condition is a lack of development in planning of physical movement and
organization. The affected motor problems result in difficulties in
academic learning and also in daily life skills. This may be seen in
delayed crawling, walking etc. They often have difficulty coping with
multi-sensory stimuli and can feel pain from too much sound or visual
stimuli. Children with dyspraxia often appear to be above average verbally
and this can lead teachers to believe they are more competent than they
What to look
In school the
child will usually have difficulties in handwriting, in physical education,
in tying shoelaces etc. He/she may knock over or drop things easily.
Getting all the items he/she needs out of his schoolbag can require a great
deal of effort. The child can be of high/satisfactory ability in verbal
skills but writing/gross motor skills can be very poor. This child can
appear to be lacking in concentration and motivation and ‘lazy’.
There is an overlap
between dyspraxia and other developmental problems such as dyslexia.
Dyspraxia and dyslexia
overlap and often co-exist in the same person. Dyspraxia is an impairment of
the organisation of movement that is often accompanied by problems with
language, perception and thought. Dyslexia is primarily a difficulty with
learning to read, write and spell and is often accompanied by other other
problems such as poor organisational skills. The pattern of difficulties
experienced by a person with dyspraxia may vary widely as with dyslexia.
There may also be
overlaps with conditions such as ADD (Attention Deficit Disorder), ADHD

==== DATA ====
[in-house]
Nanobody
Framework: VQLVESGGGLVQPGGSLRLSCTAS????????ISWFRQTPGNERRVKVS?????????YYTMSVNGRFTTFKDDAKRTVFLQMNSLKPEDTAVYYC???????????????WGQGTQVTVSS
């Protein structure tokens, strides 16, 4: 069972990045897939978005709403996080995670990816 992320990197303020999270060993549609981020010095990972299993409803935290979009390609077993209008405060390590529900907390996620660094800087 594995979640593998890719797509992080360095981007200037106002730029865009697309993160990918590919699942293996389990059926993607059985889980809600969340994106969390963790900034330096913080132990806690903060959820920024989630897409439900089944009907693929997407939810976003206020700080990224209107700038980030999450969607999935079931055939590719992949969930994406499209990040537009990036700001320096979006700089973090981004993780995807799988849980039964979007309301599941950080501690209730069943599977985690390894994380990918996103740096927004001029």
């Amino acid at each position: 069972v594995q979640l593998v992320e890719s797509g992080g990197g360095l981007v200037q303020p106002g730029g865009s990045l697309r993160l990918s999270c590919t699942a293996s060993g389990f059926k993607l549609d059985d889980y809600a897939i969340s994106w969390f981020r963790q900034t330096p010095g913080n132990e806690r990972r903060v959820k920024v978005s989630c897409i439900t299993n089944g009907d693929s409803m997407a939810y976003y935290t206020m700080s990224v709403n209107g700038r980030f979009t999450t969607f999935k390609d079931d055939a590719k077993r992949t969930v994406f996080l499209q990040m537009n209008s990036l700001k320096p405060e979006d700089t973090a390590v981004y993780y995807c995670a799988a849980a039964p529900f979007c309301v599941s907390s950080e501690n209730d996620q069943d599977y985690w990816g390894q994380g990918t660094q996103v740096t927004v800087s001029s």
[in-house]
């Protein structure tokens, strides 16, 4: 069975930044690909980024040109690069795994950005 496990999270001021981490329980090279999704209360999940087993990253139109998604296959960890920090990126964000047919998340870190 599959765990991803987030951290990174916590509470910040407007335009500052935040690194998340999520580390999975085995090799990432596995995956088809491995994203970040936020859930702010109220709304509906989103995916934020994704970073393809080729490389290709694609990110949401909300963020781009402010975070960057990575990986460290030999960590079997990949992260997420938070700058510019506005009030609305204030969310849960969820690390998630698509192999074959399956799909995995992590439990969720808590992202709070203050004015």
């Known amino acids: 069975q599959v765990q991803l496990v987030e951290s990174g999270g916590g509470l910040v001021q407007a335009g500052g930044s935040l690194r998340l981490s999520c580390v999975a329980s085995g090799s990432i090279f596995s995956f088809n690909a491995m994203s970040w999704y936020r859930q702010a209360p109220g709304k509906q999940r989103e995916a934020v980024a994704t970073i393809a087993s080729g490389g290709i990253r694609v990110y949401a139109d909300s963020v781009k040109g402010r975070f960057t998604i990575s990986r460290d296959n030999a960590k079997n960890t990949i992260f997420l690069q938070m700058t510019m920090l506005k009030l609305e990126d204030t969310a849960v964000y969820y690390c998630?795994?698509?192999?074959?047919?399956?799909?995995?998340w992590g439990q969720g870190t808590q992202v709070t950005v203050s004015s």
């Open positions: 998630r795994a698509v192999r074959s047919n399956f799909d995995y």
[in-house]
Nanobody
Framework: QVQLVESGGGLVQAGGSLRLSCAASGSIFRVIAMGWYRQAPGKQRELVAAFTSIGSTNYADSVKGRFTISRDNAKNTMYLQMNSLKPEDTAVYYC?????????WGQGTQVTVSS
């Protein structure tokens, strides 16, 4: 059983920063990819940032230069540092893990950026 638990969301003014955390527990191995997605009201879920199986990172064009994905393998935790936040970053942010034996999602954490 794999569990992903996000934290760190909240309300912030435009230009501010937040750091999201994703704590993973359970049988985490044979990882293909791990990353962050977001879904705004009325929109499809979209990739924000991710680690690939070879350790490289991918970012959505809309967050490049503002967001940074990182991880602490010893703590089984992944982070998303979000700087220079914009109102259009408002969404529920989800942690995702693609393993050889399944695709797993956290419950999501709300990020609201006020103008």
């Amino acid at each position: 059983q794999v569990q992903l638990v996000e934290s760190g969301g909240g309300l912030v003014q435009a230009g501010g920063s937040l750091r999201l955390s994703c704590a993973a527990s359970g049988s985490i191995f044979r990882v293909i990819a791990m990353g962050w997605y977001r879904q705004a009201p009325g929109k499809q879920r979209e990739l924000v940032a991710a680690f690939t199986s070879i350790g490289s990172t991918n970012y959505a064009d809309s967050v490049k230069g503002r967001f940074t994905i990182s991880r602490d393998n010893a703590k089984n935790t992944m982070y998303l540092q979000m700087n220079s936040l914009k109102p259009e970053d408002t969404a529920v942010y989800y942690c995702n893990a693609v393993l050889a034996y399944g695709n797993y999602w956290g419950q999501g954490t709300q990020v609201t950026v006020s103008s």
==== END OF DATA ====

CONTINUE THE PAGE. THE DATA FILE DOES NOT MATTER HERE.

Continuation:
(Attention Deficit Hyperactivity Disorder), Asperger's Syndrome and
Dyscalculia (difficulty with mathematical concepts). Some people with
dyspraxia have tactile defensiveness - they are over-sensitive to touch.
Others may have articulatory dyspraxia, which causes difficulties with
speaking and pronunciation.
What Is Developmental
Dyspraxia is a neurologically based disorder, a motor planning difficulty
present from birth. It is believed to be an immaturity of parts of the motor
cortex (area of the brain) that prevents messages from being properly
transmitted to the body.
There are three (3)
types of Developmental Dyspraxia. Oral Dyspraxia, Verbal Dyspraxia
(DVD), and Motor Dyspraxia. The three variations effect approximately 5% of
the population with approximately 70% of those effected being boys.
Oral Dyspraxia causes
children not to be able to reproduce mouth movements. When asked to put
their tongue up to the top of their mouth a child with oral Dyspraxia may
not be able to, even though they do this unconsciously.
Developmental Verbal Dyspraxia have difficulty in making sounds or making
sounds into words. For example, a child with DVD might have trouble
producing sounds in the beginning, middle or end of words such as 'sh'. When
trying to say "shop" it might come out as bop, regardless of how hard they
try to produce the sound/word correctly..
inhibits an individual from moving as planned and organising sensory input.
Children with Motor Dyspraxia appear to be clumsy, but don't confuse a
clumsy child with a child that has Motor Dyspraxia. While some refer to
Motor Dyspraxia as "Clumsy Child Syndrome" they Are Not the same
are usually of average or above intelligence. As you can imagine, having
Dyspraxia and not being able to get your body to do what you want it to do,
when you want it to do it, (i.e. talk properly or throw a ball correctly)
can be very frustrating to a child.
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